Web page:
Roger Federer stayed on course for a fourth successive US Open title with a semi-final victory over dogged fourth seed Nikolay Davydenko. Federer, unbeaten at the US Open since a fourth-federer_uo07round defeat to David Nalbandian in 2003, clocked up his 26th consecutive victory in the championships with a 7-5, 6-1, 7-5 win over Davydenko. The Russian had looked to have been sliding out of the tournament at two sets down only to push the champion all the way in the third set. Having lost their previous nine meetings, the signs for a first victory over Federer had been good for the fourth seed when he broke the Swiss serve in the opening game of the match. Federer had to save another break point that would have put him 4:1 down but he edged back into the opening set, moving in front for the first time in the match at 5:3. Back came Davydenko, though, evening the set at 5:5 before Federer eked out a set point to take the opener in 51 minutes. At 1:0 down in the 2nd, when Davydenko again double faulted on break point (previously at 3:4 in the 1st set), it looked as if the set and with it the match were slipping away from the Russian and those fears were confirmed as Federer eased into a 5:1 lead to serve for a 2-0 lead. The 3rd set, though, was not the formality it should have been for the Swiss star. Davydenko broke in the 4th game before Federer broke back, only to serve a double fault to cede another break to Davydenko, leaving the third set at 4:2 in favour of the Russian. Remarkably, Federer was broken again to leave Davydenko to serve for the set at 5:3 but the champion was let off the hook when his opponent mis-hit a smash to trail 0/30, a point from which he pressed on for the sixth break of serve in the set. There was almost a seventh in the very next game as Davydenko continued to undermine a Federer serve that had until this match had been a model of consistency. Davydenko had two set points, coming close on both to making a major breakthrough but when the second got away with a wide forehand at the end of an absorbing rally and his head dropped in dismay, there was a sense the chance had passed for good. Perhaps Davydenko sensed it too, his next service game ending miserably yet again on a double fault to leave Federer serving for the match at 6:5 up. With the end in sight Federer finally stepped up through the gears, serving a love game to send him through to another date with Novak Djokovic. Djokovic set up his first shot at a grand slam title when he got past number 15 David Ferrer in their semi-final. “I think I’m ready and I need to be ready,” Djokovic said following his 6-4, 6-4, 6-3 victory. “I need to think like this. I need to believe in myself, because otherwise I won’t get a positive outcome. I don’t want to go out tomorrow and try to do my best or try to perform well. No, I’ll go djokovic_uo07_tomorrow to try to win. “It’s going to be an amazing experience in front of 23,000 people and I’m really looking forward to it. I hope I can recover and try to win it.” Djokovic started his first US Open semifinal with *1:4 – since then his victory wasn’t questioned to the end. The Saturday-Sunday thing is tough on the players. “All of a sudden the rhythm changes entirely so instead of talking about a match you played 45 minutes ago I have to start thinking already about the upcoming match against Djokovic.” said Federer “I’m feeling great. I know how to play him and I hope I can just do what I do best and hopefully win.” Federer lost to Djokovic in their last meeting, when the Serbian took the ATP Masters Series title in Montreal. “He’s tough off the baseline, he’s got a good serve, he’s got a good forehand, backhand. Similar to Davydenko, just with a better serve it seems to me. We’ve had two best-of-five matches, once in Davis Cup, once at the Australian Open. I was able to beat him both times in straight sets. But, you know, these guys improve quickly. I felt that in Montreal. Hopefully I can beat him again this time around.”

Final: (AP)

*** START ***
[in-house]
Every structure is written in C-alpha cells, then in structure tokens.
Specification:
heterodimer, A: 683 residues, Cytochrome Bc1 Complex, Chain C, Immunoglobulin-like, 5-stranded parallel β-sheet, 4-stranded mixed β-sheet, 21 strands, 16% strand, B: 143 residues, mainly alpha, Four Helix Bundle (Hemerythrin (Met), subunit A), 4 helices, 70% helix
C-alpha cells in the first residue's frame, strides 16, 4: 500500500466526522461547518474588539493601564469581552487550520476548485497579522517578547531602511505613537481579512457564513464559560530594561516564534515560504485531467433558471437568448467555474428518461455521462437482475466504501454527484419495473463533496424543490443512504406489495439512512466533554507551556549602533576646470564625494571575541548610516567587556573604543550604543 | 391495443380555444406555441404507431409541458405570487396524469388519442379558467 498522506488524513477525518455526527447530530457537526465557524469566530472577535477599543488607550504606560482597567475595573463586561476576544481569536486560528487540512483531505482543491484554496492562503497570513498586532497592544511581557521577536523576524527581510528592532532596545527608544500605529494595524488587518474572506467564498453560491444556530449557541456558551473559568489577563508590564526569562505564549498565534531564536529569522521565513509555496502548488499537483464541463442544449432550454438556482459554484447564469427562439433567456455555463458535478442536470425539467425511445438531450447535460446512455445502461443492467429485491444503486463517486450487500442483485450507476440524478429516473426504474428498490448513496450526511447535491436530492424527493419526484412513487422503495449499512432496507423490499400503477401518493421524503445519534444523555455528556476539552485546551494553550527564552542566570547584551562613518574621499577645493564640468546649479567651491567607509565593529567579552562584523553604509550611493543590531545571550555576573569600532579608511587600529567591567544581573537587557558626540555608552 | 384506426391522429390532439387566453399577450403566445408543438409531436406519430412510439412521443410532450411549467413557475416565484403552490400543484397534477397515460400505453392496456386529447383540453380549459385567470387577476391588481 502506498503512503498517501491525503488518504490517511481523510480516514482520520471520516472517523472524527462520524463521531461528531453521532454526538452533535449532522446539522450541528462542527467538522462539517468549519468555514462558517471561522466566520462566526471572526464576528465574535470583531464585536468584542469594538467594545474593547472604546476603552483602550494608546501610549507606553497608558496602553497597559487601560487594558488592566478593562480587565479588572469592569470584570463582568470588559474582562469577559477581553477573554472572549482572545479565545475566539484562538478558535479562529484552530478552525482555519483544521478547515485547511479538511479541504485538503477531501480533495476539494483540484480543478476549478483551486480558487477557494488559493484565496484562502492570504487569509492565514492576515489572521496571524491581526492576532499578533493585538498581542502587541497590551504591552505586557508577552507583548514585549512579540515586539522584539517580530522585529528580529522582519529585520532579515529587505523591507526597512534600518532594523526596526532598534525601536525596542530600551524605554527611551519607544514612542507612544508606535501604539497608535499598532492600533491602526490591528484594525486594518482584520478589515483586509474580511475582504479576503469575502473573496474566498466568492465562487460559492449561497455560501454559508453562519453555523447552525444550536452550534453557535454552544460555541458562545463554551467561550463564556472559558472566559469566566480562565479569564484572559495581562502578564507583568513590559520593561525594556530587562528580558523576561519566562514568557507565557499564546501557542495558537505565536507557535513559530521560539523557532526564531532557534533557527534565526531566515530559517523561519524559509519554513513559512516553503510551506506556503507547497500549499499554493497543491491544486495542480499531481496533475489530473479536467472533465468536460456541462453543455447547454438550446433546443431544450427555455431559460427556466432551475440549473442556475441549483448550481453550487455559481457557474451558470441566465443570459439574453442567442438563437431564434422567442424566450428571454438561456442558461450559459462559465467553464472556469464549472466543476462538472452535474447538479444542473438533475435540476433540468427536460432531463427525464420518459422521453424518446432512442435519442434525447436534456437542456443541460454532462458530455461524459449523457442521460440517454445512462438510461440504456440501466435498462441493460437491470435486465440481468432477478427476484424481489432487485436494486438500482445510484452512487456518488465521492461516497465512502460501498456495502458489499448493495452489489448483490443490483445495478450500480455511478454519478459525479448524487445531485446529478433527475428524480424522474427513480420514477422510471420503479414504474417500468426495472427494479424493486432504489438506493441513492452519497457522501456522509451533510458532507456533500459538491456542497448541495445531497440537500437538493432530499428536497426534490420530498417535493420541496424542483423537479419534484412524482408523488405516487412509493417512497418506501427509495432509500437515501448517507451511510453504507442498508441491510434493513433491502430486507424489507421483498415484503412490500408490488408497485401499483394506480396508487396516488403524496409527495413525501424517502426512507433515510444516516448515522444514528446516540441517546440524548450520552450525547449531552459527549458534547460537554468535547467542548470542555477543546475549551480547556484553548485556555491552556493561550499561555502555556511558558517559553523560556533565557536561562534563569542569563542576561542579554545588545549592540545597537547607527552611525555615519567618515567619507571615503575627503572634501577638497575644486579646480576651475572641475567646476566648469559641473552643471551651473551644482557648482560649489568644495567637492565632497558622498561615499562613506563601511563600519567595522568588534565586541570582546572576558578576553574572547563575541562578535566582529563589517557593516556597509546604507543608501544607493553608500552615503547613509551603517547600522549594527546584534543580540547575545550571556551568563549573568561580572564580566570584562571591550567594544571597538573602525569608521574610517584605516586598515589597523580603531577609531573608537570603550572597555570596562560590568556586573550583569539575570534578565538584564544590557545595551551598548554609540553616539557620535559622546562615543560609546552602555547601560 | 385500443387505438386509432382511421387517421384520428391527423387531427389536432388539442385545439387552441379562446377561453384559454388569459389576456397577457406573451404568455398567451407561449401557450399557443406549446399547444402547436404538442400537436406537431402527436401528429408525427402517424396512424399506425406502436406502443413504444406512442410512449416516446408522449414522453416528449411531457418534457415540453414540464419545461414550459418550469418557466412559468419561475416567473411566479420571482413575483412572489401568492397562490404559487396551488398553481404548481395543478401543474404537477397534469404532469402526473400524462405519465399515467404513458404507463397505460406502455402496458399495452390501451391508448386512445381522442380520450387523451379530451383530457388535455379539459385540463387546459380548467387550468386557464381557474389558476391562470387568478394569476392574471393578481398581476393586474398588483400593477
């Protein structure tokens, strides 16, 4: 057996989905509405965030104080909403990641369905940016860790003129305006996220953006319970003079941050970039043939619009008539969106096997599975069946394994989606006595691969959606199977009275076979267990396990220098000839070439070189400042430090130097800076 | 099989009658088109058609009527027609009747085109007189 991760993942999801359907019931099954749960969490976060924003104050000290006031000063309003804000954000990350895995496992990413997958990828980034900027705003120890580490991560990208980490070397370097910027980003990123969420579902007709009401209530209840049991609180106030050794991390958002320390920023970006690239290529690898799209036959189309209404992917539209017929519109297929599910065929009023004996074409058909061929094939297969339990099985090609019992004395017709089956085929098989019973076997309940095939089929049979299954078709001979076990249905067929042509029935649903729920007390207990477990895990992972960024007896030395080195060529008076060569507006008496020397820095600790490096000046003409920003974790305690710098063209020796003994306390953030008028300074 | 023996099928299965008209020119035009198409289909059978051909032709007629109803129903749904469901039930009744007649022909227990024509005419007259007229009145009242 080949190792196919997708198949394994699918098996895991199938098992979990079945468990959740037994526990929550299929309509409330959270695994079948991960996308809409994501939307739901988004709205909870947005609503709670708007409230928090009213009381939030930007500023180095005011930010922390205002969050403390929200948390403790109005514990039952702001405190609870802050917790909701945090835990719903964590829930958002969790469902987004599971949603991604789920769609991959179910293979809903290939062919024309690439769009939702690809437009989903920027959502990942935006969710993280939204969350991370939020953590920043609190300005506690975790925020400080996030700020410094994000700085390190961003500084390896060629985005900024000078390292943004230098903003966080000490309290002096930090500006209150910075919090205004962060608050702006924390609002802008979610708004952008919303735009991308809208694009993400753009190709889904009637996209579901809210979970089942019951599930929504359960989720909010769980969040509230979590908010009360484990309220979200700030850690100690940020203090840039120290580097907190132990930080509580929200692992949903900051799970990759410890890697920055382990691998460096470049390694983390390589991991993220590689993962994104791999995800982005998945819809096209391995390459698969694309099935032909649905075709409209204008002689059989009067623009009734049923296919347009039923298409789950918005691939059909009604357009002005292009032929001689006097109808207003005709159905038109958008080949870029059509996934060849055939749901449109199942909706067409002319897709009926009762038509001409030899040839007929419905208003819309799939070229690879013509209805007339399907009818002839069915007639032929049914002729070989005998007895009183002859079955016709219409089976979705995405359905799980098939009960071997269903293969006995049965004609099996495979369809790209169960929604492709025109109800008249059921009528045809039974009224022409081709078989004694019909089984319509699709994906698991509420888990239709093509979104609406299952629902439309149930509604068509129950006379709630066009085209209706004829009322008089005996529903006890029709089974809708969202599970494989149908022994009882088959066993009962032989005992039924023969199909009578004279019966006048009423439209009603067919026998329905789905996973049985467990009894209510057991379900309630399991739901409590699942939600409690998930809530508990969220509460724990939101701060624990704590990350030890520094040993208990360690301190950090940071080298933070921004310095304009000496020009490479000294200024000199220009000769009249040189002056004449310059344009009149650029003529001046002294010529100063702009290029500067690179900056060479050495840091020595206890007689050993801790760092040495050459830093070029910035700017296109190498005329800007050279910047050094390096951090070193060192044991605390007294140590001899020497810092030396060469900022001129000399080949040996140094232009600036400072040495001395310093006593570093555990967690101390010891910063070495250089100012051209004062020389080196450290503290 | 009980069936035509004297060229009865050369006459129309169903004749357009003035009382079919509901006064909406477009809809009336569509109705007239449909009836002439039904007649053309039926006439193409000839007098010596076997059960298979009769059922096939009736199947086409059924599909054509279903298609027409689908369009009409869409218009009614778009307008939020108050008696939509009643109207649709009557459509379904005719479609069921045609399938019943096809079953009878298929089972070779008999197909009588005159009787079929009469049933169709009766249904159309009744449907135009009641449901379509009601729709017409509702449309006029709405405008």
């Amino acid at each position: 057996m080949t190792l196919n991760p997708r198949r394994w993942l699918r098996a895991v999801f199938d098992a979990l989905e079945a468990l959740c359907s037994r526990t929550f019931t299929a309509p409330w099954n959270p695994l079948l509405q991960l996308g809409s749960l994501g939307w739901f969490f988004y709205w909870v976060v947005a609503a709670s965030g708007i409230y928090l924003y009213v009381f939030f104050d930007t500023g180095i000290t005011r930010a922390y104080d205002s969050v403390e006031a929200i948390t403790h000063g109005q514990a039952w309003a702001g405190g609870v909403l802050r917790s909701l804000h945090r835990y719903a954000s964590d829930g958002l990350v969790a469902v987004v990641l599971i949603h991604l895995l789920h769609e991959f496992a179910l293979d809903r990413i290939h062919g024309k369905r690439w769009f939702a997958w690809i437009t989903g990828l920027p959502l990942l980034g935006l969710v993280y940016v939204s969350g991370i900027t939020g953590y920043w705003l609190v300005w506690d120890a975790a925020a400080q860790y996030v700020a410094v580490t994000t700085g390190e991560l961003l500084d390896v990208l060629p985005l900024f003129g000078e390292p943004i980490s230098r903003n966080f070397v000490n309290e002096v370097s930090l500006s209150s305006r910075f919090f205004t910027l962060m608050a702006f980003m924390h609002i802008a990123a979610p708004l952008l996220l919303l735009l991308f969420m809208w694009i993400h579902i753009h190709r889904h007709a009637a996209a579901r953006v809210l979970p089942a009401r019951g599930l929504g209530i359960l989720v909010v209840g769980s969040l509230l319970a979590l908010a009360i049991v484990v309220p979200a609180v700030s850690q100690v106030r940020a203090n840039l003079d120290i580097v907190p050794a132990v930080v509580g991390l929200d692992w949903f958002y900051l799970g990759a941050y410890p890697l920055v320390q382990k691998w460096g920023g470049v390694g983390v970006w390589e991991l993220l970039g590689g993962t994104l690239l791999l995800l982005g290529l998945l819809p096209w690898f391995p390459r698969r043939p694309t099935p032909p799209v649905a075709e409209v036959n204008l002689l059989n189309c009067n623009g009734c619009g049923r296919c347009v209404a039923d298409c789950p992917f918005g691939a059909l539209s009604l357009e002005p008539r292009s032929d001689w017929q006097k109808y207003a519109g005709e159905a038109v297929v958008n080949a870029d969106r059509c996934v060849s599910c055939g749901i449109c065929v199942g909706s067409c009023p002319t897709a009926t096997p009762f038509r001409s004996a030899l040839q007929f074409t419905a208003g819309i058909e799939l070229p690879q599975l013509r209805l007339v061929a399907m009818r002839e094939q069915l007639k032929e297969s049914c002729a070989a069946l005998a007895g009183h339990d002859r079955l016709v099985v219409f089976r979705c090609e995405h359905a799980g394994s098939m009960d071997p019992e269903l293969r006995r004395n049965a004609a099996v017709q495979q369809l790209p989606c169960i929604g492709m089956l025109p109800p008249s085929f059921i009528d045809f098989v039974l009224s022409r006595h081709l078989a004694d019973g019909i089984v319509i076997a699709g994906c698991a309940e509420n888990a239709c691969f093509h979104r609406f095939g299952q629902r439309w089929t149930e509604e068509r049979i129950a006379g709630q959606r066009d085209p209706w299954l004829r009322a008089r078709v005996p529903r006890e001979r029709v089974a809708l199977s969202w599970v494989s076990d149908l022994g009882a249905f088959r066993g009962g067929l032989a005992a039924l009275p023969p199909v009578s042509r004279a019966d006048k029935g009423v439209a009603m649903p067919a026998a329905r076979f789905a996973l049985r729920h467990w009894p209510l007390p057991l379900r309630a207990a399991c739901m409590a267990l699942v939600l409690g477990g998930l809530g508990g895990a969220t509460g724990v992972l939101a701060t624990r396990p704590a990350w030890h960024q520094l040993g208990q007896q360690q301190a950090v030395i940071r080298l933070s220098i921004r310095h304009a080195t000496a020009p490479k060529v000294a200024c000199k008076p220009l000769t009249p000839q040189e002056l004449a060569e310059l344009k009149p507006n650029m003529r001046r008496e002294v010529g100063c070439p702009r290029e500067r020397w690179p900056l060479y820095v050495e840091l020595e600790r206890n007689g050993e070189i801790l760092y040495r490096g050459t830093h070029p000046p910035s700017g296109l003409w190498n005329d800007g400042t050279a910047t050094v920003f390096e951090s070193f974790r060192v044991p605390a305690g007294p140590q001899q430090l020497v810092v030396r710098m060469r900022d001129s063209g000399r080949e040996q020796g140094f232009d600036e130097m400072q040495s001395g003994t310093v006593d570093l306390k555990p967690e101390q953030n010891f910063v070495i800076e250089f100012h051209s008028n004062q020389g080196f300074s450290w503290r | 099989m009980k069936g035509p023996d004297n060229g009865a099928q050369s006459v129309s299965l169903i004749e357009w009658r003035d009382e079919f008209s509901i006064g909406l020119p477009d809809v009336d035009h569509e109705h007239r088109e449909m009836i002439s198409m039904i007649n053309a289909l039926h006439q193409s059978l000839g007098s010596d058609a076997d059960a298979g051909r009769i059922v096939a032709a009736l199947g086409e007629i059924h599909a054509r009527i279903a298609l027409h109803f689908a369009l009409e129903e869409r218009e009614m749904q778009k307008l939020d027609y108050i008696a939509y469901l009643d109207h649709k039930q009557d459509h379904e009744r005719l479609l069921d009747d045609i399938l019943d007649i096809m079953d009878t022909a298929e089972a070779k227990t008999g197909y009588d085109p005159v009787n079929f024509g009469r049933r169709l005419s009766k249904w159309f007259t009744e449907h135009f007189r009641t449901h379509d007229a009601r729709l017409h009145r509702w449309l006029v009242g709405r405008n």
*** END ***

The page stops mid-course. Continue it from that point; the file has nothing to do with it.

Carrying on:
federer_uo07_Roger Federer sure gave Novak Djokovic chances, plenty of chances, to pull off a major upset in the U.S. Open final. Federer knows how to win these things, while Djokovic is still learning, and that made the difference Sunday. Hardly at the top of his game, Federer came through, beating Djokovic 7-6(4), 7-6(2), 6-4 for his fourth consecutive U.S. Open championship and 12th Grand Slam title overall. Federer is the first man since Bill Tilden in the 1920s to win the American Grand Slam four years running, and, still only 26 years old, he moved within two of Pete Sampras‘ career record of 14 major titles. “I think about it a lot now,” Federer said of Sampras’ mark. “To come so close at my age is fantastic, and I hope to break it.” How many Slams can he win? “I don’t know,” Federer said. “I hope more than Pete.” This one was a close call. The 20-year-old Djokovic was in his first Slam final, yet he led 6:5 in each of the opening two sets. In the 1st, he held five set points. In the 2nd, he held two. Federer erased all of those, showing the craft and cool that have allowed him to hold the No. 1 ranking for the past 188 weeks, the longest run ever. “My next book is going to be called, ‘Seven Set Points,'” Djokovic said, flashing the same sort of humor he displayed when he did on-court impersonations of other players after his quarterfinal victory. On a more serious note, the No. 3-seeded Djokovic said of Federer: “Once again, he showed he’s the best.” In Djokovic, Federer was facing the only man to beat him over the past three months, but that was in early August at Montreal, not early September at New York, and federer_uo07_triumphin a Grand Slam tuneup, not the real deal. So, not just talented with a racket but prescient, too, Federer pretty much predicted what would transpire. Shortly before walking out for Sunday’s match, he said knowingly, “It’ll be interesting to see how he handles the final.” Sure was. Afterward, Federer spoke about having enjoyed getting another shot at Djokovic. “New guys challenging me – this is my biggest motivation out there,” Federer said. “Seeing them challenging me, and then beating them in the finals.” In the end, about the only category Djokovic won on this day was “Most Intriguing Guests,” with 2006 Open champion Maria Sharapova – “just a friendship,” he said – and actor Robert De Niro sharing a box with his parents in the stands Federer was dressed for an evening on the town – all in black, from headwrap and wristband to socks and shoes, from shirt to shorts with tuxedo-like satin stripes down the sides – and he finished things under the lights by breaking Djokovic in the last game with the help of a no-look, over-the-shoulder volley winner. It’s the type of shot that has prompted plenty of people to call Federer the greatest to ever swing a racket. Which is why, at the start, it was surprising that Federer was not the Federer everyone has to come to expect. When Federer double-faulted, then sprayed two forehands long, Djokovic broke to go up 6:5. Perhaps thinking they’d witness an upset, many in the over-capacity crowd of 25,230 got on their feet, clapping and screaming. So, serving for the first set, Djokovic raced to a 40-love edge. Three set points. Three chances to take a one-set lead against Federer in the U.S. Open final. And just like that, they vanished: Federer hit a cross-court forehand winner that caught a line, and Djokovic missed two backhands. Then came two more set points that Federer erased. Then, in the tiebreaker, Djokovic made three backhand errors and two double-faults, including on the last point. “He knows what it feels like to be in that kind of situation. He knows how to cope with the pressure,” Djokovic said. “For me, this is something new.” It showed again later. When Federer served while trailing 6:5 in the second set, Djokovic let two more set points go by the wayside. Again they went to a tiebreaker, and again Federer was better. When he ended it with a backhand passing winner down the line – placing the ball through the one, tiny opening there was – Federer skipped toward the sideline, screamed and punched the air. That made the Swiss star 13-2 in major final tiebreakers, nearly identical to his record in major finals: He’s 12-2, an .857 winning percentage that’s better than Sampras’ .778. Djokovic had one last opportunity to climb back into the match, getting to love-40 when Federer served at 2:2 in the 3rd set. But Federer took five points in a row, making Djokovic 2-for-9 on break chances. Federer takes home a Grand Slam-record $2.4 million in prize money: $1.4 million federer_uo07_trophyfor winning the tournament, plus a $1 million bonus because he finished atop the U.S. Open Series standings based on performances at hard-court tuneup events. From 1970 to 2005, no man – not a single one! – reached all four Grand Slam finals in a calendar year. Now Federer has turned that trick two years in a row. Actually, his streak stretches back to 10 consecutive Grand Slam finals, and he’s won eight. And if it weren’t for a certain indefatigable Mallorcan who goes by the name Rafael Nadal – who beat him in the last two French Open finals. Federer might have won all 10. About an hour after Sunday’s match, Djokovic walked outside the stadium to a players’ area, where a dozen friends and relatives awaited. Djokovic posed for photos, then Dad helped him pop a bottle of champagne. Clearly, Djokovic was happy to be here. Federer cared only about getting the victory. He was asked whether Djokovic is ready to overtake the second-ranked Nadal. “No. 2, No. 3 – it doesn’t matter much,” Federer said. “It’s No. 1 that matters.” It was his 51st title (12-2 record in major finals). Stats of the final